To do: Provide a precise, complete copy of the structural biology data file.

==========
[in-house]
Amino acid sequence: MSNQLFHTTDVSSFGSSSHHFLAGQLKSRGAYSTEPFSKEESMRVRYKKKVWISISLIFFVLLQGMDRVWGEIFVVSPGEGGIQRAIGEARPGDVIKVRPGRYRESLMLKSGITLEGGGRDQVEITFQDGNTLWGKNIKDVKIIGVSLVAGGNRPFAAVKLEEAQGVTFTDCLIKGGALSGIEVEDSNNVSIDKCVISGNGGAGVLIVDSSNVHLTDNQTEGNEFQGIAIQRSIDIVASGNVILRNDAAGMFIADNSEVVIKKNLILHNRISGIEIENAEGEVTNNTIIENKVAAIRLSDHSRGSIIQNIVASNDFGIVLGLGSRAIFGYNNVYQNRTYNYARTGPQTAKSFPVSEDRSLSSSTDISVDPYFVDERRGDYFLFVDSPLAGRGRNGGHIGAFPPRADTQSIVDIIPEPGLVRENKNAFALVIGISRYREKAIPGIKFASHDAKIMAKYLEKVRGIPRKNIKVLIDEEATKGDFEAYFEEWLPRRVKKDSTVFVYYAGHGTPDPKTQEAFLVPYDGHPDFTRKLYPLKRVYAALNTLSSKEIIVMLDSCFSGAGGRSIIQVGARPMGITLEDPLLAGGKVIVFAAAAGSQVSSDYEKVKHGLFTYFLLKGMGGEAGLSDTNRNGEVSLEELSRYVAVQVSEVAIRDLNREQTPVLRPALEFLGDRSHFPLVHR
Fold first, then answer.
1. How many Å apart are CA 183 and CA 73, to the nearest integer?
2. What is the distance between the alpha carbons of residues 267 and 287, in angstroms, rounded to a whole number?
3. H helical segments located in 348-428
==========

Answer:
[in-house]
Amino acid sequence: MSNQLFHTTDVSSFGSSSHHFLAGQLKSRGAYSTEPFSKEESMRVRYKKKVWISISLIFFVLLQGMDRVWGEIFVVSPGEGGIQRAIGEARPGDVIKVRPGRYRESLMLKSGITLEGGGRDQVEITFQDGNTLWGKNIKDVKIIGVSLVAGGNRPFAAVKLEEAQGVTFTDCLIKGGALSGIEVEDSNNVSIDKCVISGNGGAGVLIVDSSNVHLTDNQTEGNEFQGIAIQRSIDIVASGNVILRNDAAGMFIADNSEVVIKKNLILHNRISGIEIENAEGEVTNNTIIENKVAAIRLSDHSRGSIIQNIVASNDFGIVLGLGSRAIFGYNNVYQNRTYNYARTGPQTAKSFPVSEDRSLSSSTDISVDPYFVDERRGDYFLFVDSPLAGRGRNGGHIGAFPPRADTQSIVDIIPEPGLVRENKNAFALVIGISRYREKAIPGIKFASHDAKIMAKYLEKVRGIPRKNIKVLIDEEATKGDFEAYFEEWLPRRVKKDSTVFVYYAGHGTPDPKTQEAFLVPYDGHPDFTRKLYPLKRVYAALNTLSSKEIIVMLDSCFSGAGGRSIIQVGARPMGITLEDPLLAGGKVIVFAAAAGSQVSSDYEKVKHGLFTYFLLKGMGGEAGLSDTNRNGEVSLEELSRYVAVQVSEVAIRDLNREQTPVLRPALEFLGDRSHFPLVHR
Fold first, then answer.
1. How many Å apart are CA 183 and CA 73, to the nearest integer?
2. What is the distance between the alpha carbons of residues 267 and 287, in angstroms, rounded to a whole number?
3. H helical segments located in 348-428